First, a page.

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AFTER the overwhelming success of Operation Desert Storm, it's no longer President Bush who's the wimp.
With his convincing victory in the Gulf War, Bush has boosted his prestige to a level the American presidency hasn't seen since Truman's surge of popularity after World War II. But as Bush's presidency has become the symbol of American strength, Congress's influence on foreign policy has sharply declined. Its Constitutional war powers are a significant casualty of the Persian Gulf conflict.
Through the first four months of the Gulf crisis, congress was virtually silent. When lawmakers should have been adding their voices to the formulation of Gulf policy, they went home to campaign for reelection. They gave Bush implicit sanction to send hundreds of thousands of U.S. troops into the Persian Gulf without their formal approval.
It was yet another pathetic display of Congressional abdication of Constitutional war powers. Not until two weeks before the January 15 deadline for Saddam Hussein to withdraw his forces from Kuwait did Congress really debate the direction that U.S. policy should take in the region. And by then, it was far too late to effect any meaningful change in policy. Congress had two choices at this last-ditch meeting: continue to give Bush free rein in determining war policy, or suddenly change course and shackle the president and the United National in the 11th hour before the deadline.
Of course, Congress gave Bush the latitude to use "all necessary means" to oust Saddam from Kuwait. That licensed the quick and deadly Operation Desert Storm, which in turn launched Bush's approval ratings through the stratosphere, and made Congress look like nothing more than a hurdle on Bush's steady course toward war.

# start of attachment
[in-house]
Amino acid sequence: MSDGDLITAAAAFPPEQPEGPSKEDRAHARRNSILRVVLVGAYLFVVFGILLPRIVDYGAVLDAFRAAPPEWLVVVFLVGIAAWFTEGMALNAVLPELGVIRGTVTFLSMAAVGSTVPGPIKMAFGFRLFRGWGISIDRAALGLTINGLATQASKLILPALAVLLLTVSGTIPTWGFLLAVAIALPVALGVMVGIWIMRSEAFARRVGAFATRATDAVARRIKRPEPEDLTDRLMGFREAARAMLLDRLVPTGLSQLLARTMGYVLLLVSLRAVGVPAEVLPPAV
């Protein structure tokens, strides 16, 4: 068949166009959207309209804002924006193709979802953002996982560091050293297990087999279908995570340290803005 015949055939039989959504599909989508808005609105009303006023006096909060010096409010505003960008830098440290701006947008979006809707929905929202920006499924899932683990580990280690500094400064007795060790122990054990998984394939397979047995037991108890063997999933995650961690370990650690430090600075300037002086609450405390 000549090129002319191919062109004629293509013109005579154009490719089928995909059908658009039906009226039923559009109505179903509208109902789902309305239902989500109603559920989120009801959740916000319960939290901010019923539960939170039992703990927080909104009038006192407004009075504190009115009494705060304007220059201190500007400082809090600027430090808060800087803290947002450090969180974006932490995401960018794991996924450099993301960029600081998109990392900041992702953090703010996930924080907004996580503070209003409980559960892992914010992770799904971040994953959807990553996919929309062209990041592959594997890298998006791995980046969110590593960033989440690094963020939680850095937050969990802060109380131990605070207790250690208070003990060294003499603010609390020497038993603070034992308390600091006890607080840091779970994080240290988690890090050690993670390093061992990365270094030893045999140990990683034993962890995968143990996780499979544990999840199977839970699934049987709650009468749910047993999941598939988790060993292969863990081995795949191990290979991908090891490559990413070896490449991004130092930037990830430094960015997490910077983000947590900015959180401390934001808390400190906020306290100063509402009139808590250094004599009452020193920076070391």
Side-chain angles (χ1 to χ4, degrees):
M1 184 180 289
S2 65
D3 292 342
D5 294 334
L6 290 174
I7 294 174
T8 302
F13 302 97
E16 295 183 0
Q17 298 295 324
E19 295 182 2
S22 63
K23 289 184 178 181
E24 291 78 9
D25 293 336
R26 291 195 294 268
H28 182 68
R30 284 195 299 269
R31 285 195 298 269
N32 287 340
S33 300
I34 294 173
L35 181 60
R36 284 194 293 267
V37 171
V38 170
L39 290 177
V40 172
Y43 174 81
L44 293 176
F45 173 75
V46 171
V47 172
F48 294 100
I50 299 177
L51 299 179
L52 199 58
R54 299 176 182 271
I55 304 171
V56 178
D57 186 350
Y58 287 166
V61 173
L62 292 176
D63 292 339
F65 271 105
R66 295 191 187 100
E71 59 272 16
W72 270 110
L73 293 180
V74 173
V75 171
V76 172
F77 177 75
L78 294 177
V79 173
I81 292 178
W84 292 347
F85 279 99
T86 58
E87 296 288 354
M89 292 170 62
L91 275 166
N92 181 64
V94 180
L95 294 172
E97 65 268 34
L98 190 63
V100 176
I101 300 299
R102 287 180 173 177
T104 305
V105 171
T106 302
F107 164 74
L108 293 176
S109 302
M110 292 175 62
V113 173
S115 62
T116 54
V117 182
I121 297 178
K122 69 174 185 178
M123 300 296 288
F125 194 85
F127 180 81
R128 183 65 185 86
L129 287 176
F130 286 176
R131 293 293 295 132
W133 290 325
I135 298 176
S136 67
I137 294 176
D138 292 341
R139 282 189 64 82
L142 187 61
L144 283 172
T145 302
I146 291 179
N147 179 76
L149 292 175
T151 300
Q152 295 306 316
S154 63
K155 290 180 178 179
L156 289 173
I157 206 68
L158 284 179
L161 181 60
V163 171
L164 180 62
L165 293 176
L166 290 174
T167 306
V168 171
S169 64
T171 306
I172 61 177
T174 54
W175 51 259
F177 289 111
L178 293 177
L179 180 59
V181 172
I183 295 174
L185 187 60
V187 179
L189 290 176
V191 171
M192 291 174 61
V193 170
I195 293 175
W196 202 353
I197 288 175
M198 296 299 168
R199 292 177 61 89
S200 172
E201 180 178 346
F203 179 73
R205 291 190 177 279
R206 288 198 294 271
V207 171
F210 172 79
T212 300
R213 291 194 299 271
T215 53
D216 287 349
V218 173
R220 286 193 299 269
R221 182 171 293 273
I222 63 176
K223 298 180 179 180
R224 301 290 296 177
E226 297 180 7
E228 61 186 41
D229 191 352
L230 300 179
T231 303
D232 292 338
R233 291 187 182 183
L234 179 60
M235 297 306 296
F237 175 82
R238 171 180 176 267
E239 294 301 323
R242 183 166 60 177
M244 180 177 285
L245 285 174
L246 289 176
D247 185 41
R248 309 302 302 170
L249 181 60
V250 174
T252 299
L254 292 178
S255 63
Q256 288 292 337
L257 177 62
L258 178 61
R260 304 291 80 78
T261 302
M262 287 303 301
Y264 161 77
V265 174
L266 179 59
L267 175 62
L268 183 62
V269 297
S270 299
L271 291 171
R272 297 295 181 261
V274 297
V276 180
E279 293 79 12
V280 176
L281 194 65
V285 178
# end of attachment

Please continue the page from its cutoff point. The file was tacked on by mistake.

IN THE AFTERMATH of Bush's war, Congress should take steps to reassert its war powers. Lawmakers should start by amending the well-meaning but unworkable War Powers Resolution, the legislation enacted by a frustrated post-Vietnam Congress over Nixon's veto in 1973.
The War Powers Resolution aimed to "insure that the collective judgment of both congress and the President" will figure into a decision to take the United States to war. But despite its intentions, the resolution has only widened the schism between the executive and legislative branches in determining war policy. And with Bush's unilateral navigation of the Persian Gulf crisis, Congress's effective influence in shaping foreign policy has reached its lowest point since Vietnam.
Under the resolution, the president may direct troops into hostilities, but he must bring them home in 60 days if Congress has not voted to authorize the deployment or extended the deadline to a maximum of 90 days. Despite dozens of troop deployments by presidents in the past 18 years--ranging in scale from Carter's attempt to free the hostages in Iran and Reagan's assault on Grenada to Bush's intervention in Panama and Saudi Arabia--Congress has never invoked the War Powers Resolution.
Part of that is due to Congress's pusillanimity--most lawmakers would prefer simply to go along with the president than dissent and stir up trouble. But Congress' powerlessness in war deliberations is exacerbated by loopholes in the War Powers Resolution that allow the president to avoid consulting legislators.
THERE ARE TWO big problems with the wording of the resolution. First, the president is required to consult with Congress before deploying troops "in every possible instance." This stipulation was intended to allow presidents to act independently of Congress in cases where immediate national security crises require immediate response--and consultation is not "possible"--such as repelling and attack against U.S. territory or rescuing American citizens.